Red Coronation Day in Paris
Author says, we explore the first chapter ("As God Made Me") of de Gaulle: The Ruler, 1945-1970 by Jean Lacouture (1985) wondering perhaps if a quite unexpected turn of events would have expelled the unwanted British and Americans from post-war continental Europe.
On August 26th 1944, the French First Army entered Paris with an assorted cortege of jeeps, half-trucks and old Citreon tractions avante led by the open car that General Charles de Gaulle insisted on using.
Preparing to declare himself the President of the Provisional Government of the French Republic in an appropriately symbolic setting, de Gaulle reached Notre-Dame Cathedral after a brief stop in front of Hotel de Ville.
For the rebuilding of French prestige, the General had demanded to lead the liberating army on Coronation Day downplaying the role of his British and Americans allies in a characteristic statement ~
I was there of course to greet the American division passing through Paris on their way further combat, but I had in no sense asked for their help.
The General soon learnt that the Belgian Government in Exile had permitted Americans forces to liberate Brussels, commenting to Claude Maurice that ~
Make no mistake, they [the Americans and British] won't go until we kick them out. The Allies are betraying us, they're betraying Europe, the bastards. But they'll pay for it. In fact, they're already beginning to pay for it, especially the British. Americans taking Brussels! What never .. They would have taken Paris if I hadn't been there!
Astounded by what he perceived to be their Anglo-Saxon arrogance, he responded by immediately despatching General Leclerc's Free French 2nd Armoured Division to Strasbourg. Because de Gaulle quite rightly believed that the British and Americans would have to be forced out of continental Europe. Events would prove this was to be the case although under a rather different set of circumstances.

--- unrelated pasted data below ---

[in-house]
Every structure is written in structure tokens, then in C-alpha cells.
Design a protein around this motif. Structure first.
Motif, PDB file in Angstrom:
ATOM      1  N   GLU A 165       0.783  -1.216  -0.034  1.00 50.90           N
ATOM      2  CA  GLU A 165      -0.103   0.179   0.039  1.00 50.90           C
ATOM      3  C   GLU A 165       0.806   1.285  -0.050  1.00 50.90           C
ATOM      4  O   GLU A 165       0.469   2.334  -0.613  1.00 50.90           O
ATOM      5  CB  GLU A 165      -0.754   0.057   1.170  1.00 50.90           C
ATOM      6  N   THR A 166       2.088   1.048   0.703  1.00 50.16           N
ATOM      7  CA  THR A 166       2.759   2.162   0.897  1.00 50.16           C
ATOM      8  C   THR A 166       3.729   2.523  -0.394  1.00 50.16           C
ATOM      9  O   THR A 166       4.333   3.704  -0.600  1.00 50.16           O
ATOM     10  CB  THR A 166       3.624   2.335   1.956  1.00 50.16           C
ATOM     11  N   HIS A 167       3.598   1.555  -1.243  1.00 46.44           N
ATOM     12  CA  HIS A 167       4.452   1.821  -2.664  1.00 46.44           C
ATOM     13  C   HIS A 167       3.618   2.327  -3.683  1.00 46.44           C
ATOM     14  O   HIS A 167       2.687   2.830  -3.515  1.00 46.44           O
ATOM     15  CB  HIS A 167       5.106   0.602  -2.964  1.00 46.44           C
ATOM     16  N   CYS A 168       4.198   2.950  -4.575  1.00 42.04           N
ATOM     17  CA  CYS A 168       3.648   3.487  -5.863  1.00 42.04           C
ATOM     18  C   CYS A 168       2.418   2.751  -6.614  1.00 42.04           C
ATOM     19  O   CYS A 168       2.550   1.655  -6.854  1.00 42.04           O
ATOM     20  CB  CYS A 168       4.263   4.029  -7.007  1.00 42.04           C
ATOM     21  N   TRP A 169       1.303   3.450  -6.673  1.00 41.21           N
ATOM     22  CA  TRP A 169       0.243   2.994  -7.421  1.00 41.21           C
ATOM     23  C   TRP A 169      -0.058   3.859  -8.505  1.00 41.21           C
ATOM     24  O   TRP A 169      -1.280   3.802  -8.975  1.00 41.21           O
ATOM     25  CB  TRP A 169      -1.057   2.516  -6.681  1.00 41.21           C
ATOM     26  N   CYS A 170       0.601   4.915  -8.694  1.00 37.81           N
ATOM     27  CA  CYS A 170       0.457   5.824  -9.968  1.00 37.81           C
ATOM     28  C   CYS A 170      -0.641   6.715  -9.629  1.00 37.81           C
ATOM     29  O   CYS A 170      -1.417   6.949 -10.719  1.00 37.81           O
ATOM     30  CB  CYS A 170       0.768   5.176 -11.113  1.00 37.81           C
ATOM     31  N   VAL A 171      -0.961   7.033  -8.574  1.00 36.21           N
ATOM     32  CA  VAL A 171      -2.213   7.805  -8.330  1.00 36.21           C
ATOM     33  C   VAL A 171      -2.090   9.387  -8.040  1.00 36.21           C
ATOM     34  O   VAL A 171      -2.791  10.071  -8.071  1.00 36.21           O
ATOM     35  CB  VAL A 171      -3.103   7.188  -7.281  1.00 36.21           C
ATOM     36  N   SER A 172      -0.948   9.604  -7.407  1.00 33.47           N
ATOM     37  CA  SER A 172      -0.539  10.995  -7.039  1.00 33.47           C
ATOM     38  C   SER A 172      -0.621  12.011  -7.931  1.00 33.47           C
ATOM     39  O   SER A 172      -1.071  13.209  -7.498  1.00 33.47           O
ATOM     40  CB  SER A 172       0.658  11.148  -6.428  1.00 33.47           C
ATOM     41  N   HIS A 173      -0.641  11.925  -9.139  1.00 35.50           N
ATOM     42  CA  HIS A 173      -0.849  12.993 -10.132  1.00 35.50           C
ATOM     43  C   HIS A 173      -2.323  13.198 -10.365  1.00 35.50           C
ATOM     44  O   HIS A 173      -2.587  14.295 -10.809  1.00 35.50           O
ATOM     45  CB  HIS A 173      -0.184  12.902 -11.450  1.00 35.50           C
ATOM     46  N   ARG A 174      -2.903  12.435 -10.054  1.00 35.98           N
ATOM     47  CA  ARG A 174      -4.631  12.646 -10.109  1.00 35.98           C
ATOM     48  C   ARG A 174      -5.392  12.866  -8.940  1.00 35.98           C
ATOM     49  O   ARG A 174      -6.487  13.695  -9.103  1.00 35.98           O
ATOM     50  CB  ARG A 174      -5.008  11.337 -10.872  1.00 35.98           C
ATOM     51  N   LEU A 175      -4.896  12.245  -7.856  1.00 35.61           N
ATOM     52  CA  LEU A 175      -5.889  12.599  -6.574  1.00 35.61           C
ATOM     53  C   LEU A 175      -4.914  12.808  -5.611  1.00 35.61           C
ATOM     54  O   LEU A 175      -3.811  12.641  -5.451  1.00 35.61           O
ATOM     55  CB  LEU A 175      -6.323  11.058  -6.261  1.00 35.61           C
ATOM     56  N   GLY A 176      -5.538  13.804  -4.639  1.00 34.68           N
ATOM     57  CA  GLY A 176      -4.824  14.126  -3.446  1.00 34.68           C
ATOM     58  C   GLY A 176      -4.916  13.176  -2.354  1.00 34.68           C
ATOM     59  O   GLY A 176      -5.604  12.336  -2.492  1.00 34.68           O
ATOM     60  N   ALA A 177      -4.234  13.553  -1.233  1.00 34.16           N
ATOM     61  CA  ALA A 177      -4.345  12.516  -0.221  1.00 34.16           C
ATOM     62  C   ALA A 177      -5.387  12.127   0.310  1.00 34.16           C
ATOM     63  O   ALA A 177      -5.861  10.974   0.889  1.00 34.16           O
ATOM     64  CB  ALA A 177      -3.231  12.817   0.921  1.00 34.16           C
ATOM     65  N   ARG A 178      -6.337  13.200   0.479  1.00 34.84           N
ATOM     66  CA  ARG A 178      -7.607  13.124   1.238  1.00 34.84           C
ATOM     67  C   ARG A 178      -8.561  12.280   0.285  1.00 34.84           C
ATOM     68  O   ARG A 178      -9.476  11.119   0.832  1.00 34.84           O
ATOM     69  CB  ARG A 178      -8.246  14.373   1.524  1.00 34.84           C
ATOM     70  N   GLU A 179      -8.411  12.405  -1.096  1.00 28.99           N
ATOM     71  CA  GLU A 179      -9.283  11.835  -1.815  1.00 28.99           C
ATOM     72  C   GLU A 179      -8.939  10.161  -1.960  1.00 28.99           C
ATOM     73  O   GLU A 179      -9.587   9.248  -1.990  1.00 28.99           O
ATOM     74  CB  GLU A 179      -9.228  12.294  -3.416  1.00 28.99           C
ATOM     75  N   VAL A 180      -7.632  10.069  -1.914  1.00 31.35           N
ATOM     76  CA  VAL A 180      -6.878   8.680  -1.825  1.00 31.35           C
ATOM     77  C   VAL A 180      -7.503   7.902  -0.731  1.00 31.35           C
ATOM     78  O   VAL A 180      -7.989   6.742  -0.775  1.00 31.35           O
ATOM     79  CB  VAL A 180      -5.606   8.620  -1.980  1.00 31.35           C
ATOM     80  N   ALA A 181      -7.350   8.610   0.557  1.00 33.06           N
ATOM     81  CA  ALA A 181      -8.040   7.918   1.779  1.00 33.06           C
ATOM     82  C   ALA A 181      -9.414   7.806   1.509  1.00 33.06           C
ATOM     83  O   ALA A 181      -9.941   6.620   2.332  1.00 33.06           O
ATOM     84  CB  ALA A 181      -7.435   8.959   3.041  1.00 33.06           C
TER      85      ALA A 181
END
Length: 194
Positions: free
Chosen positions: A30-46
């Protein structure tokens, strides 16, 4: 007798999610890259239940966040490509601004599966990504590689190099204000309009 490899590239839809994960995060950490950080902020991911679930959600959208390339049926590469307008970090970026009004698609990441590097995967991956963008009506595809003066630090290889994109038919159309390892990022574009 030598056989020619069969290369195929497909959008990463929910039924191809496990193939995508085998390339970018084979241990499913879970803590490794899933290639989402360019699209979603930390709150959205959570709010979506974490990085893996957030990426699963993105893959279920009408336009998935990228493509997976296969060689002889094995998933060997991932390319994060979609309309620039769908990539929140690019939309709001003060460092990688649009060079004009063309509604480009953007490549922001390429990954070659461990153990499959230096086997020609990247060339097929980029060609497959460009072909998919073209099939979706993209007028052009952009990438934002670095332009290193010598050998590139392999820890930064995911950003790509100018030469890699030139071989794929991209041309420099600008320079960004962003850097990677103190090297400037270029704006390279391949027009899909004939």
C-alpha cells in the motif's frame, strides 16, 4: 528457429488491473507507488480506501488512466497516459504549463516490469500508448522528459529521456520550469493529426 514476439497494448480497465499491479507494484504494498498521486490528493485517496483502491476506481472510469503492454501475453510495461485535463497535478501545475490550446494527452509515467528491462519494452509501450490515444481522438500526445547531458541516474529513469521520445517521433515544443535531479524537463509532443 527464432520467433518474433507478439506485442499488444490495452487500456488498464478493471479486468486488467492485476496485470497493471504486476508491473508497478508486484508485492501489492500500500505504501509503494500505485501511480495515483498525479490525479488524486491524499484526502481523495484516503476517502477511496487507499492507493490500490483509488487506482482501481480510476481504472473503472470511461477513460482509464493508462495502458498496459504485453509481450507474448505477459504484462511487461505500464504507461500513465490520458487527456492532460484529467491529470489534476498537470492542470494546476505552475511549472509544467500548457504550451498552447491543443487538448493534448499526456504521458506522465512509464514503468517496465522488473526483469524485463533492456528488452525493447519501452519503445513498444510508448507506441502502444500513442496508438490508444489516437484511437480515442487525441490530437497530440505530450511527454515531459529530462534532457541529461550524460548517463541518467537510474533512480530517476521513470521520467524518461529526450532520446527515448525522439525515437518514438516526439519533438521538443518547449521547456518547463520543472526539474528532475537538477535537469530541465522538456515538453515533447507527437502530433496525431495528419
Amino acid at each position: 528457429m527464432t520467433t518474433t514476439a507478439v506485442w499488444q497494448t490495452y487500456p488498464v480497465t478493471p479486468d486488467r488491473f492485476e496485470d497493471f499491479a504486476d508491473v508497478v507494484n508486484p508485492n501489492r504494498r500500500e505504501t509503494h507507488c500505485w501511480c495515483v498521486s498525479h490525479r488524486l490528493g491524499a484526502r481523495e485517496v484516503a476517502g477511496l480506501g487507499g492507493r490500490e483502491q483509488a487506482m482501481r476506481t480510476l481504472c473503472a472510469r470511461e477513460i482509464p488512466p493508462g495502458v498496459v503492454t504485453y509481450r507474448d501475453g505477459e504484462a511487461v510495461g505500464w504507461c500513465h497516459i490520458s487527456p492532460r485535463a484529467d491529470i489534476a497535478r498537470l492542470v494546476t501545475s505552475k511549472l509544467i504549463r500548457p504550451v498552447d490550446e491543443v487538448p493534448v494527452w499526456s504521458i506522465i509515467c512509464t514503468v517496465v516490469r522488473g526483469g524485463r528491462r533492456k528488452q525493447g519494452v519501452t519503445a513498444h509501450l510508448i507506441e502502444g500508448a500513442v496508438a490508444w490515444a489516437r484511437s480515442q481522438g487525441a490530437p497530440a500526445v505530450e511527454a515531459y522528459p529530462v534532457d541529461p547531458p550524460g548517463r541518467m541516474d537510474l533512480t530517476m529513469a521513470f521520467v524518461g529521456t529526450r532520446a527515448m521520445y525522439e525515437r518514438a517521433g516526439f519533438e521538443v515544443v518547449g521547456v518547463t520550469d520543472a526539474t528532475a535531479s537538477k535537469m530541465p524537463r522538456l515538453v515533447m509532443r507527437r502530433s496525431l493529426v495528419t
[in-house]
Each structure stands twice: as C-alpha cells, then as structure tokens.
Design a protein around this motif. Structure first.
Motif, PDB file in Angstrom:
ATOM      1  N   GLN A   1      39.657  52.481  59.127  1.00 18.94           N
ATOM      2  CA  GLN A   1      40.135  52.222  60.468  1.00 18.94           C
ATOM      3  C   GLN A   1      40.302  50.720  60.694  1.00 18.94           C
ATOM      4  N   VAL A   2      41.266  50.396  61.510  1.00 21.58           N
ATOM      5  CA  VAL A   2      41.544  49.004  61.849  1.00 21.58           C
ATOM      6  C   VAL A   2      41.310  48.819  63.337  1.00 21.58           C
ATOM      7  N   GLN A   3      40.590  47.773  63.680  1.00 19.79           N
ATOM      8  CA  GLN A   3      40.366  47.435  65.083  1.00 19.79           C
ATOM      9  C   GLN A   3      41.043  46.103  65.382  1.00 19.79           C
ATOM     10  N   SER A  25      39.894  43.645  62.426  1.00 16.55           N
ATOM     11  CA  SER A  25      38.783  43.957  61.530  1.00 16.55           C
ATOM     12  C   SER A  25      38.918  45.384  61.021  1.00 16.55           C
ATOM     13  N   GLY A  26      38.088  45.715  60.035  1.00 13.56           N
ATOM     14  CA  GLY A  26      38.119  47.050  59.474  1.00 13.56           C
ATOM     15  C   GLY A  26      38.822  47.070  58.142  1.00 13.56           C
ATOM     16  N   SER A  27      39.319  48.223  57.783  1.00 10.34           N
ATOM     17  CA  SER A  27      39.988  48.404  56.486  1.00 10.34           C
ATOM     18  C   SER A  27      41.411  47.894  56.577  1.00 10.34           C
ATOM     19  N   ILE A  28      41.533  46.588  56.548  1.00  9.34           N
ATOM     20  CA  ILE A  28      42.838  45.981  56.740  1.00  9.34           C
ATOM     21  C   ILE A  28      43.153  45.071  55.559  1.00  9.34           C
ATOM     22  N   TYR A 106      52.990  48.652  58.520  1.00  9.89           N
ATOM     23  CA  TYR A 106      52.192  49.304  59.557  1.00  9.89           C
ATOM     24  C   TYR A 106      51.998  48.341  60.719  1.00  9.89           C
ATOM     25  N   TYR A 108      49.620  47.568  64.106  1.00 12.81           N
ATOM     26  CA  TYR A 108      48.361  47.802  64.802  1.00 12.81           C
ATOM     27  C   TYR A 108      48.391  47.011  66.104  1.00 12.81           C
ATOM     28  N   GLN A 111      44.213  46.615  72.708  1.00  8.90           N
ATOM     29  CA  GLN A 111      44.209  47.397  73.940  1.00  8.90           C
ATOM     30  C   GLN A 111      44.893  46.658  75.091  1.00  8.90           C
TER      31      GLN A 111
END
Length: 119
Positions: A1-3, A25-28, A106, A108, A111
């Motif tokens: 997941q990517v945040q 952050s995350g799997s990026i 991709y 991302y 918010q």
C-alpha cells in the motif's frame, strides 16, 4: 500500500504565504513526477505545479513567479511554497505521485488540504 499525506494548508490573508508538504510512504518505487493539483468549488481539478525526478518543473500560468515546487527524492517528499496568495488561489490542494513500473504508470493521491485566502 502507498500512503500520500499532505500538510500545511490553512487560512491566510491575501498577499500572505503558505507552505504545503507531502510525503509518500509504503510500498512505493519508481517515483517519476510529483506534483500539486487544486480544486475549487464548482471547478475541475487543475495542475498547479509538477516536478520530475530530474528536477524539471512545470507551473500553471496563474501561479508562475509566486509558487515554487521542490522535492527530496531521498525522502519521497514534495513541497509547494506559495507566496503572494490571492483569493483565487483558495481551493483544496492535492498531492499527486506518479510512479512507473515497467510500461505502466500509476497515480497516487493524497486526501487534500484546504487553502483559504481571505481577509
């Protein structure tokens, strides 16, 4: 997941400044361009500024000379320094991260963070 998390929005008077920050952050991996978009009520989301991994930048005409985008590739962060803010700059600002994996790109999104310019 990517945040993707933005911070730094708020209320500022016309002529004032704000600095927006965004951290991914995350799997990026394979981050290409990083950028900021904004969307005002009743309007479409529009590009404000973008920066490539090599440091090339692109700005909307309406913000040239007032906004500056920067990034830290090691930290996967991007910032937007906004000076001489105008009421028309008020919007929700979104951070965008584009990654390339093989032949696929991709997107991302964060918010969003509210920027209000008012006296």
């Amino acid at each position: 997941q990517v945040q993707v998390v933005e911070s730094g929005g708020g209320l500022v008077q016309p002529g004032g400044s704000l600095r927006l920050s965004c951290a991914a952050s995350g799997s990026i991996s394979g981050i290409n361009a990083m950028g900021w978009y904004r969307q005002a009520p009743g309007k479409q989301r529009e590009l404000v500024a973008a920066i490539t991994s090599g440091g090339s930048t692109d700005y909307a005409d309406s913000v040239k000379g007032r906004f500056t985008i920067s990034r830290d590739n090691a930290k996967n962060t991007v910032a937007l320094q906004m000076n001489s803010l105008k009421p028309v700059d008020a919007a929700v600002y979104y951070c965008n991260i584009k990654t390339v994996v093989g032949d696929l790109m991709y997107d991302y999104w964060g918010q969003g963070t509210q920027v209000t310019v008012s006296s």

Yet in his haste to re-establish an autonomous French identity, the General had overplayed his own hand. In fact, the entire Allied command structure had fatally miscalculated the sentiment in liberated Europe. And the decision by the British and Americans not to recognise the French Provisional Government during August would persuade de Gaulle that he must install himself in Paris. It was not to be. As recounted by Dominique Lappiere and Larry Collins in Is Paris Burning?, de Gaulle described the scene at Notre-Dame as follows ~
It was immediately apparent to me that this was one of those contagious shooting matches which high feelings sometimes sets off in over-excited troops on the occasion of some fortuitous or provoked incident. Nothing could be more important for me not yield to the panic of the crowd.
In Crusade in Europe, General Eisenhower later confirmed that de
Gaulle's refusal of American reinforcements to secure Paris cost the General his
life. And within days, Eisenhower would be forced to backtrack himself, ordering
an American Division to confront a new Paris Commune. All across north west
Europe, the pattern would repeat itself as Operation Overlord proved both a
military success and a political failure - Allied Forces were powerless to
prevent European Cities being seized by Communists.
Extensive use of original content has been repurposed to celebrate the author Jean Lacouture's genius in writing de Gaulle: The Ruler, 1945-1970 (1985)
The quotations from de Gaulle are repeated in unmodified form although the timings and context are varied considerably. In Crusade in Europe Eisenhower does confirm his outrage at de Gaulle's grand-standing by requesting support from an American Division to secure Paris, having dispatched deClerc and his men to Strasbourg.
Due to the General's courage, he was able to report on August 31st that ~
Things are settling down satisfactorily here of course, certain elements have tried to take advantage of the inevitable confusion, and if need be, to create it, to pull the blanket over.
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